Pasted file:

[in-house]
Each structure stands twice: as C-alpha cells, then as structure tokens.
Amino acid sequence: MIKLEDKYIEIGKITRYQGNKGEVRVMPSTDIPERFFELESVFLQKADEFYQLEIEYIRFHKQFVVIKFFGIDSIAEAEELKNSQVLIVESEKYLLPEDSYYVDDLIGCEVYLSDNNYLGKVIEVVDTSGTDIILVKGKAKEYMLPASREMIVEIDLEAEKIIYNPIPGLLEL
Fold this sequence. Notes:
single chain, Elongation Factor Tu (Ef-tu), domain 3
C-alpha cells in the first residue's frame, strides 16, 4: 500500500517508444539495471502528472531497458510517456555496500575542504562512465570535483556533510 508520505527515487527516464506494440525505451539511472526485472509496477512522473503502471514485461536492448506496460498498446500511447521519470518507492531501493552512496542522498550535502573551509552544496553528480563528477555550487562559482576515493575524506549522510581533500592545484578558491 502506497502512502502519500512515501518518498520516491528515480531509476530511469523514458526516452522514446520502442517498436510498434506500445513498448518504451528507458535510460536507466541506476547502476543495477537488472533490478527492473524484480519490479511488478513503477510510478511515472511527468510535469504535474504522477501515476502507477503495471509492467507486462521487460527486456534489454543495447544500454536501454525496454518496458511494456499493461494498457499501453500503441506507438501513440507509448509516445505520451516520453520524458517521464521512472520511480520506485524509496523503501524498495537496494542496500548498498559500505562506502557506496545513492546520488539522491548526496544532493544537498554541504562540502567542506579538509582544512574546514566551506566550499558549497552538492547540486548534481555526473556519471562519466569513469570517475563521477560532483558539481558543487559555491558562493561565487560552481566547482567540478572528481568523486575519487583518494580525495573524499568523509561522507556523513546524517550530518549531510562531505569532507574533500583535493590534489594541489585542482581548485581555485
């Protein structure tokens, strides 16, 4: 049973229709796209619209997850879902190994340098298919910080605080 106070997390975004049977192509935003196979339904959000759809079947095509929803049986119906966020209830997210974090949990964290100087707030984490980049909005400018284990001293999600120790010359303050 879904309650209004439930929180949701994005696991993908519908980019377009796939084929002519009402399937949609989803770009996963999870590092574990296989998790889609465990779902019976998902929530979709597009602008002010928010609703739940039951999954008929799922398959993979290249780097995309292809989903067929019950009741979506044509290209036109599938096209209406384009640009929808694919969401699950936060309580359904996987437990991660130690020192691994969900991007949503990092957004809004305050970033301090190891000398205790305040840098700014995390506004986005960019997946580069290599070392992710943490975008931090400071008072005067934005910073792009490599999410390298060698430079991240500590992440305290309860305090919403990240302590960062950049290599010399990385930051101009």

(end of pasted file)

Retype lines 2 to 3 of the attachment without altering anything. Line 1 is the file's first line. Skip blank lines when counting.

Each structure stands twice: as C-alpha cells, then as structure tokens.
Amino acid sequence: MIKLEDKYIEIGKITRYQGNKGEVRVMPSTDIPERFFELESVFLQKADEFYQLEIEYIRFHKQFVVIKFFGIDSIAEAEELKNSQVLIVESEKYLLPEDSYYVDDLIGCEVYLSDNNYLGKVIEVVDTSGTDIILVKGKAKEYMLPASREMIVEIDLEAEKIIYNPIPGLLEL